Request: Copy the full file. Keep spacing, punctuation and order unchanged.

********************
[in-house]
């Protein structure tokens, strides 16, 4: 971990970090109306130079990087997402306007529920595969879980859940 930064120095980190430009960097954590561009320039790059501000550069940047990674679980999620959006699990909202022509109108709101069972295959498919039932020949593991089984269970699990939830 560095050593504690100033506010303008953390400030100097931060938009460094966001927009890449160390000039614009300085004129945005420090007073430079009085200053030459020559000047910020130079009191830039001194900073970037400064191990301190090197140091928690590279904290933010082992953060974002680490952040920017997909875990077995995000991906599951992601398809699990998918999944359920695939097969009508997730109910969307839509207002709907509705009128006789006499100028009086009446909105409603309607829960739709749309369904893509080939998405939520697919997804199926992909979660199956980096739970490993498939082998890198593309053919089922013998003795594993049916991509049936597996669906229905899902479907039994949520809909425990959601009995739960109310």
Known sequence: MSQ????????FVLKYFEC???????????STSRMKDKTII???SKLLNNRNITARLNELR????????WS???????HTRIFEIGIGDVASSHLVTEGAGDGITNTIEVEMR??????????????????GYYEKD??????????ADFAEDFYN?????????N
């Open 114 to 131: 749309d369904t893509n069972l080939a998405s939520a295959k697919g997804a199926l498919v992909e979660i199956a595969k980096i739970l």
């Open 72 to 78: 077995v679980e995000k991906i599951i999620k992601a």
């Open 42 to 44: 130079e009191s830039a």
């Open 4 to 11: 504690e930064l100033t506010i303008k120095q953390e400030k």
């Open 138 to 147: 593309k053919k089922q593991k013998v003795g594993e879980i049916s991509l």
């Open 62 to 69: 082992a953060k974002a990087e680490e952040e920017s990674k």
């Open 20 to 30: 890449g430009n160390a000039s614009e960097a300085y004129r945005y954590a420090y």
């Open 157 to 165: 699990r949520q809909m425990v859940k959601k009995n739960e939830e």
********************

[in-house]
């Protein structure tokens, strides 16, 4: 971990970090109306130079990087997402306007529920595969879980859940 930064120095980190430009960097954590561009320039790059501000550069940047990674679980999620959006699990909202022509109108709101069972295959498919039932020949593991089984269970699990939830 560095050593504690100033506010303008953390400030100097931060938009460094966001927009890449160390000039614009300085004129945005420090007073430079009085200053030459020559000047910020130079009191830039001194900073970037400064191990301190090197140091928690590279904290933010082992953060974002680490952040920017997909875990077995995000991906599951992601398809699990998918999944359920695939097969009508997730109910969307839509207002709907509705009128006789006499100028009086009446909105409603309607829960739709749309369904893509080939998405939520697919997804199926992909979660199956980096739970490993498939082998890198593309053919089922013998003795594993049916991509049936597996669906229905899902479907039994949520809909425990959601009995739960109310």
Known sequence: MSQ????????FVLKYFEC???????????STSRMKDKTII???SKLLNNRNITARLNELR????????WS???????HTRIFEIGIGDVASSHLVTEGAGDGITNTIEVEMR??????????????????GYYEKD??????????ADFAEDFYN?????????N
């Open 114 to 131: 749309d369904t893509n069972l080939a998405s939520a295959k697919g997804a199926l498919v992909e979660i199956a595969k980096i739970l």
């Open 72 to 78: 077995v679980e995000k991906i599951i999620k992601a």
């Open 42 to 44: 130079e009191s830039a």
């Open 4 to 11: 504690e930064l100033t506010i303008k120095q953390e400030k």
């Open 138 to 147: 593309k053919k089922q593991k013998v003795g594993e879980i049916s991509l």
């Open 62 to 69: 082992a953060k974002a990087e680490e952040e920017s990674k």
């Open 20 to 30: 890449g430009n160390a000039s614009e960097a300085y004129r945005y954590a420090y």
């Open 157 to 165: 699990r949520q809909m425990v859940k959601k009995n739960e939830e």